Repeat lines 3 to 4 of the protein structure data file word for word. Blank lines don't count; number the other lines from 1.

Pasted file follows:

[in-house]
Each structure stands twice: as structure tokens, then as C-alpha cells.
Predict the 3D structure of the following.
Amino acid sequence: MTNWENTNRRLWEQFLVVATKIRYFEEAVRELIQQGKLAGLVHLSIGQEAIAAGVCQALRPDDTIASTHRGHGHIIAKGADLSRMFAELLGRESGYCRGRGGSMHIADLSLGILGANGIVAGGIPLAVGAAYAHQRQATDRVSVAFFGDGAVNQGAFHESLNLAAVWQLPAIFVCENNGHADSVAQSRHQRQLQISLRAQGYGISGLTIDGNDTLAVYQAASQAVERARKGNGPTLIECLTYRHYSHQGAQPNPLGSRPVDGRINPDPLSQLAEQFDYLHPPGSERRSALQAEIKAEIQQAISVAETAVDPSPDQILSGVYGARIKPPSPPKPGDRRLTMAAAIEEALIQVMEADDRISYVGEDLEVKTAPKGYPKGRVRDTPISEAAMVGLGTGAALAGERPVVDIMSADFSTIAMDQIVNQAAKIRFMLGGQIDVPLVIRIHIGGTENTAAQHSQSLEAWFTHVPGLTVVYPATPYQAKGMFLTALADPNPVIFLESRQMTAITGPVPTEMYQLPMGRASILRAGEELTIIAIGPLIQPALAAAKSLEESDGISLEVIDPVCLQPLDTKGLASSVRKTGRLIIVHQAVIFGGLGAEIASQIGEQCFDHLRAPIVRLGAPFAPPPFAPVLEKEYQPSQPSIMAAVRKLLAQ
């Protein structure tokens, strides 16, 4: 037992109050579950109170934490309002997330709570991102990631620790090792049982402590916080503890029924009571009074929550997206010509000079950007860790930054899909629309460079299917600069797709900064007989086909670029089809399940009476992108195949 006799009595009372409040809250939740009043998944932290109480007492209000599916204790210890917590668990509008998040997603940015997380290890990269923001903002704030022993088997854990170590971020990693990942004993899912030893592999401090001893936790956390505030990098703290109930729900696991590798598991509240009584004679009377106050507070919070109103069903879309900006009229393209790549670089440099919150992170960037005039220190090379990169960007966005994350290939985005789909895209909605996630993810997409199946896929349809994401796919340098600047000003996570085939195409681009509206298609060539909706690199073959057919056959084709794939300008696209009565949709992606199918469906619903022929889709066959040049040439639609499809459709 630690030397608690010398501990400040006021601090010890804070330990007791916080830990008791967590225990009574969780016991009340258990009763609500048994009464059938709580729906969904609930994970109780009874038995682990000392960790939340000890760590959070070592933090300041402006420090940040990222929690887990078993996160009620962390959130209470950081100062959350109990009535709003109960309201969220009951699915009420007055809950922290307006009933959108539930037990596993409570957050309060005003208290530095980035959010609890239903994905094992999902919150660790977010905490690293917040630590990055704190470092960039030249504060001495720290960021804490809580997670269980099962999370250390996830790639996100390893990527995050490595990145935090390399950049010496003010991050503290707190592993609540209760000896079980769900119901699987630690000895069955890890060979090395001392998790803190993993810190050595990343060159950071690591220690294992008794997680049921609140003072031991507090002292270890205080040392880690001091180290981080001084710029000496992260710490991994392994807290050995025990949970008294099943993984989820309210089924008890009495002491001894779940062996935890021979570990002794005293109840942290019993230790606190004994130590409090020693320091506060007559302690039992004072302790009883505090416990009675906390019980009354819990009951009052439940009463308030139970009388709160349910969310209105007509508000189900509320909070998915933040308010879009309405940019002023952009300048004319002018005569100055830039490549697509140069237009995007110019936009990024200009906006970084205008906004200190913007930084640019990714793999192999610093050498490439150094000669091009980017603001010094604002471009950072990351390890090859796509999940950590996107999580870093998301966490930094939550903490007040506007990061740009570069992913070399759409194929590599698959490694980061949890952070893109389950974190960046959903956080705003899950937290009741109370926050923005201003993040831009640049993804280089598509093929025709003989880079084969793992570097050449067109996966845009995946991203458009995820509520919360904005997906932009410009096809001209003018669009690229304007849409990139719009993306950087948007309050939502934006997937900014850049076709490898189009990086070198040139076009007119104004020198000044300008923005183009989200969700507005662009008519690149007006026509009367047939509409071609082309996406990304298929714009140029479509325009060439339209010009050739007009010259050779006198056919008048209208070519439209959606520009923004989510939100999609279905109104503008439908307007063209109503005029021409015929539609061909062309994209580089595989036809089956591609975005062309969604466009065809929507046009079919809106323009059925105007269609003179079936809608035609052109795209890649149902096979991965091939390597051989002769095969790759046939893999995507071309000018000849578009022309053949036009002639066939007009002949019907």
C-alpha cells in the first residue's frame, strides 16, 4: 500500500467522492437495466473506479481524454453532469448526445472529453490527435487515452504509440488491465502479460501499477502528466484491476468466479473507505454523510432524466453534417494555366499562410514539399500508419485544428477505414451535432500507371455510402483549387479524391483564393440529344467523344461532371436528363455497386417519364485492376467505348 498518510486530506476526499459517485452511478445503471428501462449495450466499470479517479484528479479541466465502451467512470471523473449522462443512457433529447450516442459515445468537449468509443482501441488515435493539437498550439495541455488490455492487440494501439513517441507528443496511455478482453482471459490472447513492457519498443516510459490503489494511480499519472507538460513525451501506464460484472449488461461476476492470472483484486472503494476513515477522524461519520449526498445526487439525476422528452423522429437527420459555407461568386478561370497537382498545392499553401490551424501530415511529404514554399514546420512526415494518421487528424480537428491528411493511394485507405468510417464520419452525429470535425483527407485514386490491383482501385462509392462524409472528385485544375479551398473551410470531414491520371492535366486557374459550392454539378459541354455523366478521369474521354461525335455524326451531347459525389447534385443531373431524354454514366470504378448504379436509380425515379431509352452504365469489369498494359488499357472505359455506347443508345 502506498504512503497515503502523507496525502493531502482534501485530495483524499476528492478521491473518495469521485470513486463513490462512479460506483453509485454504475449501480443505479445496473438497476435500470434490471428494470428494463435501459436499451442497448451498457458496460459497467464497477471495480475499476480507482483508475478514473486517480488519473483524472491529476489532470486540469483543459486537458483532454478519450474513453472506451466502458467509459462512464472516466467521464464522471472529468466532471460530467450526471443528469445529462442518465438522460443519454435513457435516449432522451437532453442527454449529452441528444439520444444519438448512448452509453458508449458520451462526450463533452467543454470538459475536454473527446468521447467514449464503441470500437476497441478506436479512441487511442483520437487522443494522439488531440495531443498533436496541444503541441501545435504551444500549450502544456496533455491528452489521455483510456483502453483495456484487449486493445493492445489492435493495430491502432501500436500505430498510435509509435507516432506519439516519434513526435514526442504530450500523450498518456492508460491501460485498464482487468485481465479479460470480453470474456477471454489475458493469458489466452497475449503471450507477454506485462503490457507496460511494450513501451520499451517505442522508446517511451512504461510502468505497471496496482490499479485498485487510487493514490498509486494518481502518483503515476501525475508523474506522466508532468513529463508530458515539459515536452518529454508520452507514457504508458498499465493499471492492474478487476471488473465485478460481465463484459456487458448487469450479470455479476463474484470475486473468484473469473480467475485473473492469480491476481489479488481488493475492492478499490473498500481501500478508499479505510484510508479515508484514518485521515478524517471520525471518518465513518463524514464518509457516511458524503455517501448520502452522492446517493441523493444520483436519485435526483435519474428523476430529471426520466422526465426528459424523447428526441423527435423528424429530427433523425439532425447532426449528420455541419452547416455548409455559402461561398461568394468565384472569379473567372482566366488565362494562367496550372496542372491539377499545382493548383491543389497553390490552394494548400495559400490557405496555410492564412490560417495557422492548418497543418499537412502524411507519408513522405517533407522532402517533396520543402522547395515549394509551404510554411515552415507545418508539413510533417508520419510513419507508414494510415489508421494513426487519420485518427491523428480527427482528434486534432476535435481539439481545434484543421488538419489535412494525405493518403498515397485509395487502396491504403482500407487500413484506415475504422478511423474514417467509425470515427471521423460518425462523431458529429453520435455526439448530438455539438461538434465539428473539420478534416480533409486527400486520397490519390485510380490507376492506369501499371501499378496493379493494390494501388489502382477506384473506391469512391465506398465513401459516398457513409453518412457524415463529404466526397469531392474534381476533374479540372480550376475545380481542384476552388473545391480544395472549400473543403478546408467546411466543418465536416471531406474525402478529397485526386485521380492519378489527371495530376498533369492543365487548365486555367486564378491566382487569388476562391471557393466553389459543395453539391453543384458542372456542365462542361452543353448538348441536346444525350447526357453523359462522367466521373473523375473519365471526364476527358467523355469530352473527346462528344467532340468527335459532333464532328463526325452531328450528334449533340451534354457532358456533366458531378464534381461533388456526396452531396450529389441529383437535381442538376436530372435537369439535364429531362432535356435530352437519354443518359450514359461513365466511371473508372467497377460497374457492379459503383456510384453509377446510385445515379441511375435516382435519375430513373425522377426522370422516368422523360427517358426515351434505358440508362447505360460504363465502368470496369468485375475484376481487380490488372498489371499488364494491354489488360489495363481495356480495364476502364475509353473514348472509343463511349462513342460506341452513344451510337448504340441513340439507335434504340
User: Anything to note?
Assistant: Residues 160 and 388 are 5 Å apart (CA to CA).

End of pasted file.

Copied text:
Predict the 3D structure of the following.
Amino acid sequence: MTNWENTNRRLWEQFLVVATKIRYFEEAVRELIQQGKLAGLVHLSIGQEAIAAGVCQALRPDDTIASTHRGHGHIIAKGADLSRMFAELLGRESGYCRGRGGSMHIADLSLGILGANGIVAGGIPLAVGAAYAHQRQATDRVSVAFFGDGAVNQGAFHESLNLAAVWQLPAIFVCENNGHADSVAQSRHQRQLQISLRAQGYGISGLTIDGNDTLAVYQAASQAVERARKGNGPTLIECLTYRHYSHQGAQPNPLGSRPVDGRINPDPLSQLAEQFDYLHPPGSERRSALQAEIKAEIQQAISVAETAVDPSPDQILSGVYGARIKPPSPPKPGDRRLTMAAAIEEALIQVMEADDRISYVGEDLEVKTAPKGYPKGRVRDTPISEAAMVGLGTGAALAGERPVVDIMSADFSTIAMDQIVNQAAKIRFMLGGQIDVPLVIRIHIGGTENTAAQHSQSLEAWFTHVPGLTVVYPATPYQAKGMFLTALADPNPVIFLESRQMTAITGPVPTEMYQLPMGRASILRAGEELTIIAIGPLIQPALAAAKSLEESDGISLEVIDPVCLQPLDTKGLASSVRKTGRLIIVHQAVIFGGLGAEIASQIGEQCFDHLRAPIVRLGAPFAPPPFAPVLEKEYQPSQPSIMAAVRKLLAQ